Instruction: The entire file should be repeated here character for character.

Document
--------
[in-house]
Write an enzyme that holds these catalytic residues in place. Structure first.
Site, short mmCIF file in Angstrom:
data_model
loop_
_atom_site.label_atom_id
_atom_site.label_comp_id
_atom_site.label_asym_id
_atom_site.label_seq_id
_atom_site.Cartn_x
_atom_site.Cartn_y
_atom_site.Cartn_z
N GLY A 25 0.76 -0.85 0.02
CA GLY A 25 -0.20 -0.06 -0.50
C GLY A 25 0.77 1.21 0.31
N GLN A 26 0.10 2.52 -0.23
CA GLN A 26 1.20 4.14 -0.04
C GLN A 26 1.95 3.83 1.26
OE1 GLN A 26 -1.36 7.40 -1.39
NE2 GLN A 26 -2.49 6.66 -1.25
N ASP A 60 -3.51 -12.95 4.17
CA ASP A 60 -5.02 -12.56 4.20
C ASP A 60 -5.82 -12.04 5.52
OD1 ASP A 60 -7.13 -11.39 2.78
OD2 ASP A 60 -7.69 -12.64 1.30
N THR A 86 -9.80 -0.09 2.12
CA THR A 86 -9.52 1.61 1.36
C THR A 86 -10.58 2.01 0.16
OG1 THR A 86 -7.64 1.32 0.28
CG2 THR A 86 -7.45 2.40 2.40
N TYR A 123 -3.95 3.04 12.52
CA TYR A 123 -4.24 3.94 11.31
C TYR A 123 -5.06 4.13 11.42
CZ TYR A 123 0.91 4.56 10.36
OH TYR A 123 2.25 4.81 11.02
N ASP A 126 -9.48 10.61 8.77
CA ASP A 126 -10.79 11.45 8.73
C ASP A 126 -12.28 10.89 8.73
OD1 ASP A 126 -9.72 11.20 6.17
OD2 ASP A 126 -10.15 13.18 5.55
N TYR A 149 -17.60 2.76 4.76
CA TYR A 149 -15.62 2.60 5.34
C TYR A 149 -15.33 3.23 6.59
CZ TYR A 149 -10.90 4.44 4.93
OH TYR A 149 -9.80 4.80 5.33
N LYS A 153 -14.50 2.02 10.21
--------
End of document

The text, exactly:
[in-house]
Write an enzyme that holds these catalytic residues in place. Structure first.
Site, short mmCIF file in Angstrom:
data_model
loop_
_atom_site.label_atom_id
_atom_site.label_comp_id
_atom_site.label_asym_id
_atom_site.label_seq_id
_atom_site.Cartn_x
_atom_site.Cartn_y
_atom_site.Cartn_z
N GLY A 25 0.76 -0.85 0.02
CA GLY A 25 -0.20 -0.06 -0.50
C GLY A 25 0.77 1.21 0.31
N GLN A 26 0.10 2.52 -0.23
CA GLN A 26 1.20 4.14 -0.04
C GLN A 26 1.95 3.83 1.26
OE1 GLN A 26 -1.36 7.40 -1.39
NE2 GLN A 26 -2.49 6.66 -1.25
N ASP A 60 -3.51 -12.95 4.17
CA ASP A 60 -5.02 -12.56 4.20
C ASP A 60 -5.82 -12.04 5.52
OD1 ASP A 60 -7.13 -11.39 2.78
OD2 ASP A 60 -7.69 -12.64 1.30
N THR A 86 -9.80 -0.09 2.12
CA THR A 86 -9.52 1.61 1.36
C THR A 86 -10.58 2.01 0.16
OG1 THR A 86 -7.64 1.32 0.28
CG2 THR A 86 -7.45 2.40 2.40
N TYR A 123 -3.95 3.04 12.52
CA TYR A 123 -4.24 3.94 11.31
C TYR A 123 -5.06 4.13 11.42
CZ TYR A 123 0.91 4.56 10.36
OH TYR A 123 2.25 4.81 11.02
N ASP A 126 -9.48 10.61 8.77
CA ASP A 126 -10.79 11.45 8.73
C ASP A 126 -12.28 10.89 8.73
OD1 ASP A 126 -9.72 11.20 6.17
OD2 ASP A 126 -10.15 13.18 5.55
N TYR A 149 -17.60 2.76 4.76
CA TYR A 149 -15.62 2.60 5.34
C TYR A 149 -15.33 3.23 6.59
CZ TYR A 149 -10.90 4.44 4.93
OH TYR A 149 -9.80 4.80 5.33
N LYS A 153 -14.50 2.02 10.21